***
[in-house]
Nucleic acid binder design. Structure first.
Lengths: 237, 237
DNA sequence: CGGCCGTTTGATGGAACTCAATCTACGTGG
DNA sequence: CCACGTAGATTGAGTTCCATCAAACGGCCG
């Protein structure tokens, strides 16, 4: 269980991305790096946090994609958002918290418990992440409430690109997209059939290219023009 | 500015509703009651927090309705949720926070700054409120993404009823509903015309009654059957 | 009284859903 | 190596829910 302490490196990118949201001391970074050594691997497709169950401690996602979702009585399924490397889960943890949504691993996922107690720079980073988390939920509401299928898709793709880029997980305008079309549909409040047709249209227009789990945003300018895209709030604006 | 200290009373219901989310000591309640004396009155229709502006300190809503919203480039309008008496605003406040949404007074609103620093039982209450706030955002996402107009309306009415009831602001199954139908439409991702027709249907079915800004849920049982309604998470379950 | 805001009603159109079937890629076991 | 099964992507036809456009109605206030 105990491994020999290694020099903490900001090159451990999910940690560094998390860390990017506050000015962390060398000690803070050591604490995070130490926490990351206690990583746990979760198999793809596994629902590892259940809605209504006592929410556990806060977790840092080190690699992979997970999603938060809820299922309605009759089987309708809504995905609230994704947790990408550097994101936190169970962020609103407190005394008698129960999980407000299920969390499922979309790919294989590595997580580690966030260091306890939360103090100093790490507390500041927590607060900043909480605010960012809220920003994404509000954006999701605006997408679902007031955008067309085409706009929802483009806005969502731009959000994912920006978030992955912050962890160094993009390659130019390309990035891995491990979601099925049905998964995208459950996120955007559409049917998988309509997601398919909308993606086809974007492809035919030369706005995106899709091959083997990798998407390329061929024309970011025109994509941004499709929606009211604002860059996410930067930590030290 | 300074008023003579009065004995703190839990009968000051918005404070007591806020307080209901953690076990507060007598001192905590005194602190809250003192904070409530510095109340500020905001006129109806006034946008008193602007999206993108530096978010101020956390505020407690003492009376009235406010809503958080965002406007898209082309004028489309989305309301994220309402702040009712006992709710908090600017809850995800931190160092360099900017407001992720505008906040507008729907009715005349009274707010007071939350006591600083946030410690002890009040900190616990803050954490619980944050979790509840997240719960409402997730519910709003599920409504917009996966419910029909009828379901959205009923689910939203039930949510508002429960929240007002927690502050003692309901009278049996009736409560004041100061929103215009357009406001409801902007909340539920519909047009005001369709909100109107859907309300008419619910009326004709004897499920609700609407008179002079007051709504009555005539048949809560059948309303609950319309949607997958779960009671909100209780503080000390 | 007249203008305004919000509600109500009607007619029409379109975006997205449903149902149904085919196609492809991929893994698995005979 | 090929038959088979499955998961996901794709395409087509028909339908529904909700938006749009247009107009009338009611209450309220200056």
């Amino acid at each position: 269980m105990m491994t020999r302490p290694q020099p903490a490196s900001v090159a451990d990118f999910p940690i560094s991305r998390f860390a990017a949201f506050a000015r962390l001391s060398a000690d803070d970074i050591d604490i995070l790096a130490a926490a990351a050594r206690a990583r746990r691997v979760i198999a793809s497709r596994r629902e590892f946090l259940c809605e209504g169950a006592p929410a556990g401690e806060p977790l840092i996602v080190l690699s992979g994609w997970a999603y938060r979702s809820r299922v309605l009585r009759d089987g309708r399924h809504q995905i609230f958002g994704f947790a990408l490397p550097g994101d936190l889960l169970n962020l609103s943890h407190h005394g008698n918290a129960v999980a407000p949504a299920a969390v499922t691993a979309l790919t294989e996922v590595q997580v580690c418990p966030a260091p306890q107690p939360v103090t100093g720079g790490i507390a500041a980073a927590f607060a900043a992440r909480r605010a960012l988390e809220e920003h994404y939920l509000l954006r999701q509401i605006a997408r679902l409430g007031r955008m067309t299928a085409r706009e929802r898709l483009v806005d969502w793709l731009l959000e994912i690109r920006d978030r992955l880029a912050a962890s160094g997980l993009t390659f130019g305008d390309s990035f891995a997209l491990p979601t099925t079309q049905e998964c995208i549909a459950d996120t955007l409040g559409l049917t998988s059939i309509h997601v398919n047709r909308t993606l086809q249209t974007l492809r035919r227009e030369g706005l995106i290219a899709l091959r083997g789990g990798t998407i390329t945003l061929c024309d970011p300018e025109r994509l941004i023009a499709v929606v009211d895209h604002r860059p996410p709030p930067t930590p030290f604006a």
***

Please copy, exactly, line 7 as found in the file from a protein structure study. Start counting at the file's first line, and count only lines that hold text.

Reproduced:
């Amino acid at each position: 269980m105990m491994t020999r302490p290694q020099p903490a490196s900001v090159a451990d990118f999910p940690i560094s991305r998390f860390a990017a949201f506050a000015r962390l001391s060398a000690d803070d970074i050591d604490i995070l790096a130490a926490a990351a050594r206690a990583r746990r691997v979760i198999a793809s497709r596994r629902e590892f946090l259940c809605e209504g169950a006592p929410a556990g401690e806060p977790l840092i996602v080190l690699s992979g994609w997970a999603y938060r979702s809820r299922v309605l009585r009759d089987g309708r399924h809504q995905i609230f958002g994704f947790a990408l490397p550097g994101d936190l889960l169970n962020l609103s943890h407190h005394g008698n918290a129960v999980a407000p949504a299920a969390v499922t691993a979309l790919t294989e996922v590595q997580v580690c418990p966030a260091p306890q107690p939360v103090t100093g720079g790490i507390a500041a980073a927590f607060a900043a992440r909480r605010a960012l988390e809220e920003h994404y939920l509000l954006r999701q509401i605006a997408r679902l409430g007031r955008m067309t299928a085409r706009e929802r898709l483009v806005d969502w793709l731009l959000e994912i690109r920006d978030r992955l880029a912050a962890s160094g997980l993009t390659f130019g305008d390309s990035f891995a997209l491990p979601t099925t079309q049905e998964c995208i549909a459950d996120t955007l409040g559409l049917t998988s059939i309509h997601v398919n047709r909308t993606l086809q249209t974007l492809r035919r227009e030369g706005l995106i290219a899709l091959r083997g789990g990798t998407i390329t945003l061929c024309d970011p300018e025109r994509l941004i023009a499709v929606v009211d895209h604002r860059p996410p709030p930067t930590p030290f604006a």